The Novelist

docparkThe golf season is over in Iowa. It may be nice this weekend, but flu from the swines have cut short any idea of swinging into a 35 degree wind chill day. Thus, I have decided to try my hand at novel writing. I came across a post about NaNoWriMo (National Novel Writing Month, link here) which is a challenge to all the unpublished authors to write a 50,000 word novel in one month (or 1667 words a day).

Wow -a medical drama? Wry observations about golf? NO WAY. I asked myself, “What would make me the most money in the shortest amount of time and that means getting onto Oprah’s couch and rubbing my chin and looking serious?”

It means CHICK LIT, baby!

I’ve already set on the title of the novel: “The Abandonner: a Memoir of Regret.” If that doesn’t give you cramps and make you want chocolate, you aren’t a woman! Controversy? Undoubtedly! Best Seller? Dan Brown’s got nothing on me! Who is that masked man? The guy who rocks your Kindle, now come to Papa!

The Mysterious Montague

John Montague was for a time the most talked about golfer in America, despite never having competed outside of his club championship. He was a member of a club in L.A. during the Great Depression where he hobnobbed with the likes of Howard Hughes, Oliver Hardy, and Bing Crosby. It was said he rarely shot above 70, and drove the ball over 300 yards using the equipment of his time. He could lift Oliver Hardy over the club’s bar with one hand, and he defeated Bing Crosby who was scratch using a baseball bat, a shovel, and a garden rake. The first hole at Lakeside was a par four which Bing reached in two and two putted using golf clubs. Montague tossed the ball and batted it over 340 yards to the greenside bunker, shoveled on, and using the garden rake as a pool cue, curled in a 12 footer for birdie, whereupon Bing cried uncle. Turns out, Montague was hiding a secret past that erupted when a member at his club, a prominent sports writer, broke the news of this phenom that avoided publicity, who on the verge of breaking the course record at Pebble Beach, picked up the ball to avoid the ensuing publicity. You can read about him in the book The Mysterious Montague by Leigh Montville (Random House).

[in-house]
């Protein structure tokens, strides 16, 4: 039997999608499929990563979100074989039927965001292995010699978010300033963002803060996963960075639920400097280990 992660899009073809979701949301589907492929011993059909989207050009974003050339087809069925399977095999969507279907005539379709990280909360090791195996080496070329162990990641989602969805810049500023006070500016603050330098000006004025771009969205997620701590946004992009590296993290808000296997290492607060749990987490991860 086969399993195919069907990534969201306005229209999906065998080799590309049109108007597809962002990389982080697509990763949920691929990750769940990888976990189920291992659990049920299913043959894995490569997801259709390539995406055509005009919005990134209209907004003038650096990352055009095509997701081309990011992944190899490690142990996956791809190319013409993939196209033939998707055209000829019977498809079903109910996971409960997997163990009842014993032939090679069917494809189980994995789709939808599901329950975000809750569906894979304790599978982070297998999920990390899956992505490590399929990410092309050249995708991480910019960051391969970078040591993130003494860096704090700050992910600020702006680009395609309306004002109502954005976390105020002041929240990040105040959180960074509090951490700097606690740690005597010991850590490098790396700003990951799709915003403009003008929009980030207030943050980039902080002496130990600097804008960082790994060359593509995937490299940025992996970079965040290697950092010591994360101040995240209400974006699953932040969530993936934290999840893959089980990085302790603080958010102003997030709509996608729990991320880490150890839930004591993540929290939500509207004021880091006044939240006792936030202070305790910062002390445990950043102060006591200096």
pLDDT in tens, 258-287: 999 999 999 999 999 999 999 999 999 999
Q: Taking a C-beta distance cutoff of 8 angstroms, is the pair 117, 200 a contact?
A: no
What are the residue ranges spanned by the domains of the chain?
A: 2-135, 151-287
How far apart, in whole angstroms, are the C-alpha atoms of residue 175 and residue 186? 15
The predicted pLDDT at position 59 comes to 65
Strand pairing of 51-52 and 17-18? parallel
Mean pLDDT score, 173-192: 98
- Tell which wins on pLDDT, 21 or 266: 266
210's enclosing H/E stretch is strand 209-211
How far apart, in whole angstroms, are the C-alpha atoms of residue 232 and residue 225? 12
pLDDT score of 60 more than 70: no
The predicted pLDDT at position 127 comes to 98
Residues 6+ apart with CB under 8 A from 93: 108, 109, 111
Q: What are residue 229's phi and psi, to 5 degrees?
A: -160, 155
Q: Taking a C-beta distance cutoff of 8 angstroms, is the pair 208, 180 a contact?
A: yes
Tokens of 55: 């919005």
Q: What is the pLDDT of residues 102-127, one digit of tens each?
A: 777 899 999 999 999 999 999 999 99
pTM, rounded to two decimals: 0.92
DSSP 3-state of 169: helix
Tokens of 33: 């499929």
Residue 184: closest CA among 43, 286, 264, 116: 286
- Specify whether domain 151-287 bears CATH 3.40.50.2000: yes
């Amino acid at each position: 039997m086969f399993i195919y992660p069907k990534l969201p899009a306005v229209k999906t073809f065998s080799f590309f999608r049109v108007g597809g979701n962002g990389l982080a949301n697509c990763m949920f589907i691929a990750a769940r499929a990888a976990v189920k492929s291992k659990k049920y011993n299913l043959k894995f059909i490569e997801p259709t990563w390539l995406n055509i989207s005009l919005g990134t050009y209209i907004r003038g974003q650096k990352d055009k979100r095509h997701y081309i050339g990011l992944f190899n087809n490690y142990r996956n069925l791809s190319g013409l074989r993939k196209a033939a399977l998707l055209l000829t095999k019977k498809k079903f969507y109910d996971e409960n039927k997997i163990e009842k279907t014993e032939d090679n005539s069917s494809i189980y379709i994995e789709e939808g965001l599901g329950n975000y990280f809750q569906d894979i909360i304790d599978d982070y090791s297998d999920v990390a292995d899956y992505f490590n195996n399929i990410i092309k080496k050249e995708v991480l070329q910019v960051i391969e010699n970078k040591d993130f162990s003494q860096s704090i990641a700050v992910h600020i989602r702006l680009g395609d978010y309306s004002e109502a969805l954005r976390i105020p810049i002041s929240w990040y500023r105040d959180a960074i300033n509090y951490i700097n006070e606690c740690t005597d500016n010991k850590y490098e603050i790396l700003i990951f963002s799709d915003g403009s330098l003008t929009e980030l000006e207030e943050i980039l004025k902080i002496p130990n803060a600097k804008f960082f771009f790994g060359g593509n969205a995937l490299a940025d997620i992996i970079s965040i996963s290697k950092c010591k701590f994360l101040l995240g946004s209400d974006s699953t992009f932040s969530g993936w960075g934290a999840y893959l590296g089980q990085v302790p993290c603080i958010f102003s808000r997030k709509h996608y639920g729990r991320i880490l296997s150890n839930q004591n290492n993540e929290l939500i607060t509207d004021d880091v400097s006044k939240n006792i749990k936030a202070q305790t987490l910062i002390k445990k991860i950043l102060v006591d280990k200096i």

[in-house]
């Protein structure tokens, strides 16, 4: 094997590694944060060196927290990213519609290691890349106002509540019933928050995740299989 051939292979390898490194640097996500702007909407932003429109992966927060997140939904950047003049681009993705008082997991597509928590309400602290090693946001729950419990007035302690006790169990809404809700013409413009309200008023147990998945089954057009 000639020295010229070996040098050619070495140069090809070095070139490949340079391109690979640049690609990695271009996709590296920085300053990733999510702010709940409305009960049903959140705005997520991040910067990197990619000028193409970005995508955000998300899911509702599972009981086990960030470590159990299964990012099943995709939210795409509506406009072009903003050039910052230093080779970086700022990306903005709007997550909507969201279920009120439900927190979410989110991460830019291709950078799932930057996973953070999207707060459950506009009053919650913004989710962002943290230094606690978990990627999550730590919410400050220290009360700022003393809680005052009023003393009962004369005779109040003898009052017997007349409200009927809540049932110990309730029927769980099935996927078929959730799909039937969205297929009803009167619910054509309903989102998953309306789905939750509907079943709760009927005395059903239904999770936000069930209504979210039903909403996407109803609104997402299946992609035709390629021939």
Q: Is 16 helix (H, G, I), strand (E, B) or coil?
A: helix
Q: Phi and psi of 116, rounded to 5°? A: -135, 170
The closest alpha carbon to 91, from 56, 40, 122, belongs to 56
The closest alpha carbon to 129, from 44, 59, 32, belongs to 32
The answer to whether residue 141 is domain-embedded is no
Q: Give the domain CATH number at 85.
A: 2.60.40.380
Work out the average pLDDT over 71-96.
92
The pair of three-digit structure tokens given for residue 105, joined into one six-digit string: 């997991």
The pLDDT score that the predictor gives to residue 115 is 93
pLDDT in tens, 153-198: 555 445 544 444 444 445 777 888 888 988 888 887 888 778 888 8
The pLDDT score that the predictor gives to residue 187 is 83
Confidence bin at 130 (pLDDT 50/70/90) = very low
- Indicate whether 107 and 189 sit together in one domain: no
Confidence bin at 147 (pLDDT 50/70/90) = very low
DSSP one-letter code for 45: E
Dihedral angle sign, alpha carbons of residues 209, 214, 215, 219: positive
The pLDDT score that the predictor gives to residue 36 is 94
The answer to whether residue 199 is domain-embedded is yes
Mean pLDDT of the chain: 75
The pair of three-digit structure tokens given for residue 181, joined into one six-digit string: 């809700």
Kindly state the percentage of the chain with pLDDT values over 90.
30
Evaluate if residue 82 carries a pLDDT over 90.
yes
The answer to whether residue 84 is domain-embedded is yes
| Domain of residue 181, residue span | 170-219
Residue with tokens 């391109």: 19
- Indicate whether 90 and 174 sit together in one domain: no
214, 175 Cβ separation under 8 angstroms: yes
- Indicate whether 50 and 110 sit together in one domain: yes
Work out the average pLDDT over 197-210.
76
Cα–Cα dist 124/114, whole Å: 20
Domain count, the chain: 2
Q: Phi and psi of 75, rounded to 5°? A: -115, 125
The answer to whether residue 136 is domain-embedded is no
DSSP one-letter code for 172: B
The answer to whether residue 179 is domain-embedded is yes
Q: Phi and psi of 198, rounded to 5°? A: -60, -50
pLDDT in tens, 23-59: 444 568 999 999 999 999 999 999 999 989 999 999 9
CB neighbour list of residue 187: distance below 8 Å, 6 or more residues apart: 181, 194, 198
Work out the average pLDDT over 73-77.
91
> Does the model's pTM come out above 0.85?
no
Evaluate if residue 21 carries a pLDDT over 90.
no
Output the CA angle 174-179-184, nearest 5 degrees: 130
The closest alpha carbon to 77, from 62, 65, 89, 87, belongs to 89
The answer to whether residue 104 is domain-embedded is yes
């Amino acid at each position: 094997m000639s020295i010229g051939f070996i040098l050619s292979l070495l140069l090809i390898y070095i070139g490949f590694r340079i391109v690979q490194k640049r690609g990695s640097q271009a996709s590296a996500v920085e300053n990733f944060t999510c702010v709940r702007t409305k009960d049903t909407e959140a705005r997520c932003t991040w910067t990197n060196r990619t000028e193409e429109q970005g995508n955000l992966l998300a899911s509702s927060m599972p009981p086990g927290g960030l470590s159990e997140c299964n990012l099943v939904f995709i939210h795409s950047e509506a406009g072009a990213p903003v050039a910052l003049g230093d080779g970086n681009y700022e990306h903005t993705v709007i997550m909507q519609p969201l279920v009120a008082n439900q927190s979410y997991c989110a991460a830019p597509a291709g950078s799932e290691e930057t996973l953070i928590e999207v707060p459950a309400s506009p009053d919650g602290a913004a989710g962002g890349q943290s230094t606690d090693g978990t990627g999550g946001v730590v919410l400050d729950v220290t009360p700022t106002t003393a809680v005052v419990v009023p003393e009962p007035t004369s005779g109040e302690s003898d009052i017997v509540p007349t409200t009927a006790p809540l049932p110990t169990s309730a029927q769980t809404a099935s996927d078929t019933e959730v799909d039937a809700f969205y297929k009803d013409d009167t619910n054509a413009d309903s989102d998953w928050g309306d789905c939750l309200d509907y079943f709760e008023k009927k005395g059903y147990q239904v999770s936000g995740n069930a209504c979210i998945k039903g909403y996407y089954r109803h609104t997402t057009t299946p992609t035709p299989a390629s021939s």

The overwhelming conclusion that I reach from reading the book is that Montague was a golfist who reveled in the pure joy of being on the links, of the fellowship it afforded him, and the ecstasy of tracing that perfectly hit ball.